"It would make Maryland commercial real property less attractive as a business investment, and the bill has been in 12 times since 1990 and defeated 12 times because it is not a good tax policy," said Ronald W. Wineholt, the in-house lobbyist for the Maryland Chamber of Commerce.

Closing the loophole would be worth about $14 million a year for the state, making it a relatively small part of O'Malley's efforts to balance the budget. Most of the money generated by the tax would go to local governments, about $50 million a year.

But the measure could be politically important for O'Malley for two reasons: Not only does it contribute to the governor's effort to pitch his fiscal package as a plan to make state taxes fairer, but it also could help ease the pain of local leaders who could see their finances hurt by the state's budget-balancing.

O'Malley has said that he hopes to avoid making cuts in state aid to local governments - money that helps support schools, public safety and other popular programs but that has often been subject to reductions in tough fiscal times. But Miller, Busch and others have said local governments will have to feel some of the pain. Giving local governments new revenue from the transfer tax could ease that burden.

Anne Arundel County Executive John R. Leopold, a Republican, said support for closing the corporate tax loopholes crosses party lines. He said closing the transfer tax loophole in particular would mean millions for Anne Arundel County that could prove crucial in its ability to maintain public services.

"My concern, of course, is that part of the budget-reduction package will ultimately include reductions in state aid to counties," Leopold said. "Any monies we can secure to counterbalance those cuts are welcome."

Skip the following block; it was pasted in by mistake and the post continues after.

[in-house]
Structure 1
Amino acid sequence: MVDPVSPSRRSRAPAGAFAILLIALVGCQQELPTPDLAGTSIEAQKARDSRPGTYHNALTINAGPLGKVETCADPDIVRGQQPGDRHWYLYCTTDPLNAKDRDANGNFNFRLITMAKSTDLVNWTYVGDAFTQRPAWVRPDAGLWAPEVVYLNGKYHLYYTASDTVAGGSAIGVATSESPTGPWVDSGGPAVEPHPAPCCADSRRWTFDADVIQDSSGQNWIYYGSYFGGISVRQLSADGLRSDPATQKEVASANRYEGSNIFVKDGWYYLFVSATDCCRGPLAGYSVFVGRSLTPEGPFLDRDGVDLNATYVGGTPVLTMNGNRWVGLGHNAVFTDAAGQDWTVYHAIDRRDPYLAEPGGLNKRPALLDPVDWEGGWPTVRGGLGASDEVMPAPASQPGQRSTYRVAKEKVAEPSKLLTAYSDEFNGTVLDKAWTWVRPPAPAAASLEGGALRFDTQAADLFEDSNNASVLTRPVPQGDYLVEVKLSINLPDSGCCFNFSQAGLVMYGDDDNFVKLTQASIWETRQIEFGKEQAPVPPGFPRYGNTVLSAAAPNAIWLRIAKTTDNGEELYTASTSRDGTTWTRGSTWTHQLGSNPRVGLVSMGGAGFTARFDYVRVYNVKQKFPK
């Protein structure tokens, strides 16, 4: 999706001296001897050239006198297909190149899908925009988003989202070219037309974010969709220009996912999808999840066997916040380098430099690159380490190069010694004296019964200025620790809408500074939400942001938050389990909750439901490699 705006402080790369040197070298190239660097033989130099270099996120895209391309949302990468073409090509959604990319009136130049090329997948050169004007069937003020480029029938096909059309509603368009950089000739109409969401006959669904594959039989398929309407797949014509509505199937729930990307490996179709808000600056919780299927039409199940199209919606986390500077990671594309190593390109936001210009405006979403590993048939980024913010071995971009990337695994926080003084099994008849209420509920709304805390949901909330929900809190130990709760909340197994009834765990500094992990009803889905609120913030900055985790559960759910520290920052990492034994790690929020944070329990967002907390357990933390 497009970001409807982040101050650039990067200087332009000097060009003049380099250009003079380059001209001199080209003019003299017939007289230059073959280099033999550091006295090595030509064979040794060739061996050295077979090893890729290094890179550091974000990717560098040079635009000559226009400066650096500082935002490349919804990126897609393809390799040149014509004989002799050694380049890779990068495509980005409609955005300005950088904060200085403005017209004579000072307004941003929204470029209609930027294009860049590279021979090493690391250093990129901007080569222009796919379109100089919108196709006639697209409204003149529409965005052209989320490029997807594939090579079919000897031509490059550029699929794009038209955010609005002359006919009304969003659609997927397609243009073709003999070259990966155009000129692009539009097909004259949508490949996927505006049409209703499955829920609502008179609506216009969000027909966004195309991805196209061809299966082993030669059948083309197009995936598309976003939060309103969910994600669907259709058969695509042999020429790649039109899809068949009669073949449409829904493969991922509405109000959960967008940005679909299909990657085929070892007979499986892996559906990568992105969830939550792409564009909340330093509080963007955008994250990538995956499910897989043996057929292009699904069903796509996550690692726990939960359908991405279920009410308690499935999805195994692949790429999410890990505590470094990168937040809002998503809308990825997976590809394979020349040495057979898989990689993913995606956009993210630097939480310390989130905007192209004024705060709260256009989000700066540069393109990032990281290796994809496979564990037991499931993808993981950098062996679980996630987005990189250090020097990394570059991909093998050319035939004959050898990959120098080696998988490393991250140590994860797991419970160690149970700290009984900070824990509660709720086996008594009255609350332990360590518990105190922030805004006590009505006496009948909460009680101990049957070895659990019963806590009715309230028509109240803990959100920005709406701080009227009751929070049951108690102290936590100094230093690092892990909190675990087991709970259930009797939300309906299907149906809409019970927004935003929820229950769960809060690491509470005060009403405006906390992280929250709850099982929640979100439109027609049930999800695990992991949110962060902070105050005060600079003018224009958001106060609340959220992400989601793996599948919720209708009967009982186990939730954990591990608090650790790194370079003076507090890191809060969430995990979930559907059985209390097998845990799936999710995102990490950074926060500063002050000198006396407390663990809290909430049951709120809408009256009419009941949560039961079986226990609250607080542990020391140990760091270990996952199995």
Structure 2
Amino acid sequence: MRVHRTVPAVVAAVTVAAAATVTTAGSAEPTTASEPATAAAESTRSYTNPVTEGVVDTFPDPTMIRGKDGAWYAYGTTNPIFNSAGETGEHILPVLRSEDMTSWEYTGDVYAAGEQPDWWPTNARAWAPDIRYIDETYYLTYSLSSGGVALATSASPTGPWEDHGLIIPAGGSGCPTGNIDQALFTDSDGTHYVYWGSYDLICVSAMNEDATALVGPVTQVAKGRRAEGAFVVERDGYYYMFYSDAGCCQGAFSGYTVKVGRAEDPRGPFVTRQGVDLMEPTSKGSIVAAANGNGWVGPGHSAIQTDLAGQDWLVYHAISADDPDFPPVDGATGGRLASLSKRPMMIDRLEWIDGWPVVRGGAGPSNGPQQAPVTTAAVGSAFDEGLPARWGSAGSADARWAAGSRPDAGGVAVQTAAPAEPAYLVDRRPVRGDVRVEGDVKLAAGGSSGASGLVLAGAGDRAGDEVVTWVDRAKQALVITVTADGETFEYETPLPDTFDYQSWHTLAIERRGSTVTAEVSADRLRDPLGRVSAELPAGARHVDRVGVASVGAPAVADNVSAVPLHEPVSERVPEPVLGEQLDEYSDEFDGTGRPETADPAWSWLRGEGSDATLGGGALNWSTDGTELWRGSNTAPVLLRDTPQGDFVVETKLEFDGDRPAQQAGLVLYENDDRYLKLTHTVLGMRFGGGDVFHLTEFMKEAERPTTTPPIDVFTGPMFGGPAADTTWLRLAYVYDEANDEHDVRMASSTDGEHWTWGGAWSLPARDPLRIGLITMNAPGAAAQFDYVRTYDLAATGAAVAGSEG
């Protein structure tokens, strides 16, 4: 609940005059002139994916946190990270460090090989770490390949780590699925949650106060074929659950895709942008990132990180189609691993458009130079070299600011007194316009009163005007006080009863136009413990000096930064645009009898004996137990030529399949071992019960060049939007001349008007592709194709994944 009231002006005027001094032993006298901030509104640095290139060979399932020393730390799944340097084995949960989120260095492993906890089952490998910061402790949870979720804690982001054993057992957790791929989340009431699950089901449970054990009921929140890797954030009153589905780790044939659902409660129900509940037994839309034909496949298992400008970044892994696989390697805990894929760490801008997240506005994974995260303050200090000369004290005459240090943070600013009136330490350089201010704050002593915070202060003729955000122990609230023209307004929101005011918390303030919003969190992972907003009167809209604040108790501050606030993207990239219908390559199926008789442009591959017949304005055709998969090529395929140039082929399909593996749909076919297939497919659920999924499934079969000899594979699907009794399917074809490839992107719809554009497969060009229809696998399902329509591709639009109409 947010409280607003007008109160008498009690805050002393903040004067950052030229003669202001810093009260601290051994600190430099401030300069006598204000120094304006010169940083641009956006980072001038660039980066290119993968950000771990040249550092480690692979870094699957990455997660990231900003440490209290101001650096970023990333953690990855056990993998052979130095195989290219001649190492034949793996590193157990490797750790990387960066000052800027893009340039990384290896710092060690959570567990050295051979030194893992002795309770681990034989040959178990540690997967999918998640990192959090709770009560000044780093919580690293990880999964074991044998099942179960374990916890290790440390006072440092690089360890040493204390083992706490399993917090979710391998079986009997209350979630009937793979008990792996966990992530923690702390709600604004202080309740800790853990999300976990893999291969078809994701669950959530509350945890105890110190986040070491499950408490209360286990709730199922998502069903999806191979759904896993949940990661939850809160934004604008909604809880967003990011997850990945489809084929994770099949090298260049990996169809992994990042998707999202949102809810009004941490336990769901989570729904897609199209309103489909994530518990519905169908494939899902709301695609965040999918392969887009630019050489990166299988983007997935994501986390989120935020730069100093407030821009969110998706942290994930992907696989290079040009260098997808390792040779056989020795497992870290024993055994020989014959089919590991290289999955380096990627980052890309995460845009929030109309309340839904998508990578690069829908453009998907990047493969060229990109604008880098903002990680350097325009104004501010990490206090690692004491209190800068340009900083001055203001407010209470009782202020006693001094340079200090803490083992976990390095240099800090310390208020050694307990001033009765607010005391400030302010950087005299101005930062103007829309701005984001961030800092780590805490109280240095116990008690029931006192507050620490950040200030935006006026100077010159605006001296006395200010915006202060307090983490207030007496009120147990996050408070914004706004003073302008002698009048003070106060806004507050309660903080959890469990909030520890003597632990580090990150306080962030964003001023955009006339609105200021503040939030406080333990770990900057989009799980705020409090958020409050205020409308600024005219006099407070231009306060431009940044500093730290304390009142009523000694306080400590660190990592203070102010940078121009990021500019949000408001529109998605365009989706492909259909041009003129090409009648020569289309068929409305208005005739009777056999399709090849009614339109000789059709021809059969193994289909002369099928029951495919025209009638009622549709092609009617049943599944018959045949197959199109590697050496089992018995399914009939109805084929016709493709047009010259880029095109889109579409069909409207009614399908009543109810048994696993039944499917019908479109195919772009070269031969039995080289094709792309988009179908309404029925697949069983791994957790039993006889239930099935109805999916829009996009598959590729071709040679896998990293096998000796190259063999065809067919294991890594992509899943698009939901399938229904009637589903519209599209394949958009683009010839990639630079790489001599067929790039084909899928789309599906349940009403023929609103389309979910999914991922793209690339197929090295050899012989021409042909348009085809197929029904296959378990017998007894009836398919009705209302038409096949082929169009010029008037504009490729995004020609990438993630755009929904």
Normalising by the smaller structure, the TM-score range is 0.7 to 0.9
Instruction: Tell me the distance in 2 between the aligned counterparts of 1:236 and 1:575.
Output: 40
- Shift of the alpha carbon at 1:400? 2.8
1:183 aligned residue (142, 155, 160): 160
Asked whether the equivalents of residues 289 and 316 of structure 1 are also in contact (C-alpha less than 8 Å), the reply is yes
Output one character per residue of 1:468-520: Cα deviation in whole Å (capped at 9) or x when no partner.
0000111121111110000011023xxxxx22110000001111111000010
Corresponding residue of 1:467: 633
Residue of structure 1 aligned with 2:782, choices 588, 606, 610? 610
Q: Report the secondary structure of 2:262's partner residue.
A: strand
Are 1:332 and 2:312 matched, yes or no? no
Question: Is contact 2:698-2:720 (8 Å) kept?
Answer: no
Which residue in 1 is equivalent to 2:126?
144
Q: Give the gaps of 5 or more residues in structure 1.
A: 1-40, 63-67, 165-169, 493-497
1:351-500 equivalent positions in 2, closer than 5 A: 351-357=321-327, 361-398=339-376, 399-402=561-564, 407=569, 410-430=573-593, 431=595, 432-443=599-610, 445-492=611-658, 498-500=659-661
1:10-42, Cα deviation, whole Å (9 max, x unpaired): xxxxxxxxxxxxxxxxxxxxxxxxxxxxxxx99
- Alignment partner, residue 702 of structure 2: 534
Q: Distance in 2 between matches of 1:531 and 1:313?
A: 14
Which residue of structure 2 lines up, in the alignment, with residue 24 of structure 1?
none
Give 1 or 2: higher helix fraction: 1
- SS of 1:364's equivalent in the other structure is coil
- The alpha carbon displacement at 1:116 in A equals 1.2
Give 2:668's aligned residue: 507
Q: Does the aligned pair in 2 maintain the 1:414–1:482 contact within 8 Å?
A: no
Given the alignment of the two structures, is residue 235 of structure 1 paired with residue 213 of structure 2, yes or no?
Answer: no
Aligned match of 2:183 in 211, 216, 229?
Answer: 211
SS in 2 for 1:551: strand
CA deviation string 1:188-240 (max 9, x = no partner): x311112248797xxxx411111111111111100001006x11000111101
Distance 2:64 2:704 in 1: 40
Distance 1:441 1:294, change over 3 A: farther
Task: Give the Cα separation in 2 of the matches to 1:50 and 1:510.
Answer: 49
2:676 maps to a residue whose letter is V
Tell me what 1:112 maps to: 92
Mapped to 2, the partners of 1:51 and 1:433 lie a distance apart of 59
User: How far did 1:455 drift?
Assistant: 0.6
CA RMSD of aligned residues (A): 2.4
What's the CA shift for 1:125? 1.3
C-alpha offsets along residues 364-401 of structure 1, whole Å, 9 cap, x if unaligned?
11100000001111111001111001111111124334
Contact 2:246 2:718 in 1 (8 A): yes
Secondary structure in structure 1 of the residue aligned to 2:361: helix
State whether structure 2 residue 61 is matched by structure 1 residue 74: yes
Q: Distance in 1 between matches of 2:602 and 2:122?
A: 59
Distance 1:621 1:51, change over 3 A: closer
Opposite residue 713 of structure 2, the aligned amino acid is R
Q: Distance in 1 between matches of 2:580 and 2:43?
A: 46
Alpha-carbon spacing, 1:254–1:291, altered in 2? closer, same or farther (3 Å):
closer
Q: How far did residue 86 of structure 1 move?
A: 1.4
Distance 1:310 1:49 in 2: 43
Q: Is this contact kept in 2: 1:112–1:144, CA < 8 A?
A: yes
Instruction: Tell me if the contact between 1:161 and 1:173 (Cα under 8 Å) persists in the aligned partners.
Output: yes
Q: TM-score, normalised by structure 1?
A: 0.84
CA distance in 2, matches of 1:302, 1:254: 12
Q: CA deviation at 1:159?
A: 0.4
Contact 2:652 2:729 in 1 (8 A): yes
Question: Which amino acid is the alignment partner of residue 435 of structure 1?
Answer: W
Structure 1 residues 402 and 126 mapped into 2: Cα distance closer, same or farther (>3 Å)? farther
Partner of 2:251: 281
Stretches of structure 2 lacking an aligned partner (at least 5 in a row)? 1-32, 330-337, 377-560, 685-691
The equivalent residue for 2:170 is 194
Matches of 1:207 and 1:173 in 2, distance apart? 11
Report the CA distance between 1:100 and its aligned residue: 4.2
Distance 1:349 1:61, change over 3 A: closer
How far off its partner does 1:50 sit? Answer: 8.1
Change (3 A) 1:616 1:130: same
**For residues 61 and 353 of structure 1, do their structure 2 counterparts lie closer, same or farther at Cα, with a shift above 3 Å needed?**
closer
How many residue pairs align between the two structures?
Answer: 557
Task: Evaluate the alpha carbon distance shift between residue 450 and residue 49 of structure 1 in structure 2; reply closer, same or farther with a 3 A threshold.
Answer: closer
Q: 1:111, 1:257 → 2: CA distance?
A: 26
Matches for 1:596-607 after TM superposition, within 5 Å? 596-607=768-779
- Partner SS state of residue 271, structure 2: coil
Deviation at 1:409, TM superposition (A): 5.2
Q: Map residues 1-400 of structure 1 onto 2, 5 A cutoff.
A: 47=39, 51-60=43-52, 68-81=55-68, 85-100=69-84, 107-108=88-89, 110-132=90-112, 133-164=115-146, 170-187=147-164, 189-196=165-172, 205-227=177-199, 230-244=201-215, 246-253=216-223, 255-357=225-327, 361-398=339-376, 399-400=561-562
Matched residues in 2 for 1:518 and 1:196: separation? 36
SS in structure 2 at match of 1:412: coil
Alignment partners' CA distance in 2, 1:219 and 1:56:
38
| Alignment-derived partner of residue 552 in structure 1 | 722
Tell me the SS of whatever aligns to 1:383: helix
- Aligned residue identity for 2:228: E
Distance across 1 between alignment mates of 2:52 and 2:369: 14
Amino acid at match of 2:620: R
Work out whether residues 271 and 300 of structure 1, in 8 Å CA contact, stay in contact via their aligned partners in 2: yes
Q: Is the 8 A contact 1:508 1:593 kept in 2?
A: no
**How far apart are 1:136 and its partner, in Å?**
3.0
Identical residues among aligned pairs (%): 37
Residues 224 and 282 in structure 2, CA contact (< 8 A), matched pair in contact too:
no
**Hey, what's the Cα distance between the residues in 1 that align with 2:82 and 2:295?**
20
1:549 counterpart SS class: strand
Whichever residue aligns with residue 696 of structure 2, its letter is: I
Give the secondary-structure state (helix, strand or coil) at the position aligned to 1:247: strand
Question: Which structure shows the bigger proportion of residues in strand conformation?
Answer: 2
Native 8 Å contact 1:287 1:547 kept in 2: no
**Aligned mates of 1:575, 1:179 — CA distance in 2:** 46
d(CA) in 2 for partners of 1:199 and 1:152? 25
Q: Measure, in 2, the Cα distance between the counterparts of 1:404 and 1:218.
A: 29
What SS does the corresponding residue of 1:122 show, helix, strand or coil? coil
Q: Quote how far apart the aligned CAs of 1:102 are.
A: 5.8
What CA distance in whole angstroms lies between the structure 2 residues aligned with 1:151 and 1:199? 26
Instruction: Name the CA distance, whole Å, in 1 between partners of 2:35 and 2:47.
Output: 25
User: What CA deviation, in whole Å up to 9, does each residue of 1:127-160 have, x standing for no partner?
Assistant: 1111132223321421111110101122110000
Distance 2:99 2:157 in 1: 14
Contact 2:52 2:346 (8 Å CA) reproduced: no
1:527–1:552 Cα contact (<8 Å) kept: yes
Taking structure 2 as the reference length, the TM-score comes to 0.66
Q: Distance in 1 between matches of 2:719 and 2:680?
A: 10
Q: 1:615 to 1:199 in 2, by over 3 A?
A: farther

O'Malley - who was joined at yesterday's news conference by Mayor Sheila Dixon and two Democratic state senators representing the city, Verna L. Jones and Catherine E. Pugh - also called for the state to adopt "combined reporting," a tax law change aimed at preventing large companies doing business in Maryland from hiding profits in subsidiaries in other states.

In July, state Comptroller Peter Franchot released a report that said nearly half of Maryland's largest for-profit companies did not pay corporate income taxes in 2005.

Franchot has called for preventing large companies from using real estate investment trusts to move profits to states with low or no corporate taxes. The O'Malley administration estimates that by moving to "combined reporting," the state would receive an additional $25 million per year in revenue, with three-fourths available for operating expenses and the remainder reserved for the Transportation Trust Fund. Some legislators believe that the annual fiscal impact could be much greater, perhaps $100 million or more.

"We commend Governor O'Malley for shutting down the loopholes that giant, multistate corporations invent to evade Maryland taxes," said Progressive Maryland Director Sean Dobson. "Combined reporting restores a level playing field to small Maryland companies that play by the rules, and it recoups lost revenue to fund health care expansion and public schools."

Wineholt, of the Maryland Chamber of Commerce, said the change would boost the tax bills of companies with operations in more than one state.